It is no secret that all across the world in the past couple of decades the area of clean energy has experienced leaps-and-bounds growth. One organization, the American Council for an Energy-Efficient Economy (ACEEE), annually compiles what it calls a “City Clean Energy Scorecard.”
The American Council for an Energy-Efficient Economy (ACEEE) in “Scorecard: Leading U.S. Cities Grow Clean Energy Efforts but Many More Lag Far Behind,” Oct. 6, 2020 ACEEE press release explains, “[The scorecard] provides the most comprehensive national measuring stick for climate progress and a roadmap for future improvements.”
Data supplied by publicly available sources, utilities and communities alike acquired by the ACEEE is analyzed and along with the findings from said analysis, is what is presented in the report. A hundred major American cities – housing nearly 20 percent of the national population – were evaluated in this year’s scorecard, up from the 75 analyzed in 2019.
What’s important to note is, “The report assesses policies adopted by May 1, 2020. The public health and economic devastation wrought by COVID-19, as well as the growing outrage over racial disparities and their impacts on communities of color, could cause city policy priorities to change. The report argues that as cities focus on economic recovery in the context of COVID-19, energy efficiency and renewable energy remain a crucial strategy for creating jobs and keeping investment within local communities. Furthermore, a closer focus on equitable planning and investment can yield benefits that have historically been unavailable to communities of color.”
Expanding on this idea further in the release in question is report author lead and ACEEE local policy program director, David Ribeiro, who said: “‘Many cities are really seizing the moment and embracing policies that help them fight climate change, while too many others are, frankly, doing very little,’” and who then went on to state, “‘We want to show all the cities, even the leaders, the further steps they can take to cut carbon emissions most effectively and equitably.’”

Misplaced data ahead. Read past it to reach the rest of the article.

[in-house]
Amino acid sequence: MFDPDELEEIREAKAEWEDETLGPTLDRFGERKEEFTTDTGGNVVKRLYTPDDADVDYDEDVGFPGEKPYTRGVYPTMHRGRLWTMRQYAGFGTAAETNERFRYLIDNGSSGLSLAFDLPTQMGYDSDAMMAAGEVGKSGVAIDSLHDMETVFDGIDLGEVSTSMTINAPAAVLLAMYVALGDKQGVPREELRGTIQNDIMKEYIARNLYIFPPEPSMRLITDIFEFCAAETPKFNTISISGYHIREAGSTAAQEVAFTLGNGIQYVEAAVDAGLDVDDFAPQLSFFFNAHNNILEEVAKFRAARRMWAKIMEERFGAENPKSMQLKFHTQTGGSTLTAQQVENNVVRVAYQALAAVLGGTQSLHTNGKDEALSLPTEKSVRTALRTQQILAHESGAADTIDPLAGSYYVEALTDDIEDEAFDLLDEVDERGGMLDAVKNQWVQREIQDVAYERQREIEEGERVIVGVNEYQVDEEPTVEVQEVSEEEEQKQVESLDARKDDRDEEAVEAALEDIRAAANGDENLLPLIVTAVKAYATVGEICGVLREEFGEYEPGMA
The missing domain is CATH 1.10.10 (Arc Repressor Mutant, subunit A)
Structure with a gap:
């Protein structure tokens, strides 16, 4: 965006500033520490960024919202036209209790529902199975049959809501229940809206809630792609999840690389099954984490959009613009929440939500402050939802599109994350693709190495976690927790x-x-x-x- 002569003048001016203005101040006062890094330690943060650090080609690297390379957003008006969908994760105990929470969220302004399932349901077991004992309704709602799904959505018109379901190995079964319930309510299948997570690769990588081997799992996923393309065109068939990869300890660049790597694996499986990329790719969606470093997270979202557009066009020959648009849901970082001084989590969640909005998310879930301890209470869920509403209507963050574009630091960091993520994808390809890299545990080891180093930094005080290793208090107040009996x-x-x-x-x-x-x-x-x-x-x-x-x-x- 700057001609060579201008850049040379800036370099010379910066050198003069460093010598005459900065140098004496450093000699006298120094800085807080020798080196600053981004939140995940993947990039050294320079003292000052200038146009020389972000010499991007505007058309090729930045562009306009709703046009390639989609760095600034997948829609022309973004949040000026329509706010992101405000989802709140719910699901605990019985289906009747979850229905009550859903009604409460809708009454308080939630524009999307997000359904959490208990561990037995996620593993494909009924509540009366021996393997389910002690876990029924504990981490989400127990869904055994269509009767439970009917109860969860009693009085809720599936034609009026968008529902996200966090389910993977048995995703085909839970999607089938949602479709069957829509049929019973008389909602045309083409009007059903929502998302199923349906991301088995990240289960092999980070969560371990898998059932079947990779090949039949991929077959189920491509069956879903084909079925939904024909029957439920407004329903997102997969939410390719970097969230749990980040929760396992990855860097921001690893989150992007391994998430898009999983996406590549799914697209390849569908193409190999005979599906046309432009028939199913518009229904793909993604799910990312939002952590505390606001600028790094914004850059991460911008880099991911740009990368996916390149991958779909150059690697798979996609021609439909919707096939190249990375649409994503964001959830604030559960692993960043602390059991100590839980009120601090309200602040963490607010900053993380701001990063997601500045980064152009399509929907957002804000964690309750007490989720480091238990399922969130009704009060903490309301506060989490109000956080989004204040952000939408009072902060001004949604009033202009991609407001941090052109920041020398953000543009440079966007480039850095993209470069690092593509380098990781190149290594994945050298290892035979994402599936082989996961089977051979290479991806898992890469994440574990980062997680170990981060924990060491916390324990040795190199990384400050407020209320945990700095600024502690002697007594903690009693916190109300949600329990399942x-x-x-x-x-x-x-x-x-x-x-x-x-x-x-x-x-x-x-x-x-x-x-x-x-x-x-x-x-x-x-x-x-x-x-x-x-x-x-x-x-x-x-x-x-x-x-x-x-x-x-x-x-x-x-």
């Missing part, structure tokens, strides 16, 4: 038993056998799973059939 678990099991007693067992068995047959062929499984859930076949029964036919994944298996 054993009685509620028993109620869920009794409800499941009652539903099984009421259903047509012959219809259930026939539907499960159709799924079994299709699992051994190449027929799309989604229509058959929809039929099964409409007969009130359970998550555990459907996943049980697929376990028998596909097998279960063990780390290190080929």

“Among the report’s findings:
- Washington, DC; Denver; Los Angeles; San José; and Oakland rounded out the top 10 highest-ranked cities, with San José and Oakland making the top 10 for the first time.
- The top 10 cities embraced new actions. Boston and Los Angeles updated codes to require new buildings be pre-wired for electric vehicle charging stations at more parking spaces, and San Francisco convened a network to work with marginalized communities to establish equitable zero-emissions residential building strategies.
- Paul (#16) was the most-improved city, taking key steps to improve efficiency of existing buildings, reduce total vehicle miles traveled, and embrace renewable energy. St. Louis (#28) was the second-most-improved city; in April, it became the third city in the country to require large existing buildings to meet a performance standard, which will drive energy efficiency upgrades.
- More cities are making efforts to increase community engagement with, and clean energy investments in, low-income communities and communities of color. Washington, DC, formed an equity advisory group to develop recommendations to be incorporated in its clean energy plans. But nearly all cities have substantial room to ramp up their efforts.
- Bottom-scoring cities’ policy efforts have either stagnated or not started; these cities are years behind the leaders. To scale up climate efforts across the country, more cities will need to adopt and implement effective clean energy policies.
- Many cities are encouraging electric utilities and state regulators to increase the use of renewable energy in the power system. Twenty-four cities submitted comments on public utility commission proceedings, entered into utility partnerships, enacted community choice aggregation programs, or participated in planning efforts with utilities.”
“… New York City leaped to first place in the ranking—spurred in part by a new law ensuring upgrades to many inefficient buildings—followed by Boston and Seattle (tied for second place) and Minneapolis and San Francisco (tied for fourth place),” as reported in the release by the ACEEE.
Scorecard city policy areas assessed, meanwhile, include: Building policies, community-wide initiatives, energy and water utilities, local government operations, and transportation policies, the ACEEE in the release reported.
Related article: “States see forward progress in areas of energy and transportation efficiency.”
Published by Alan Kandel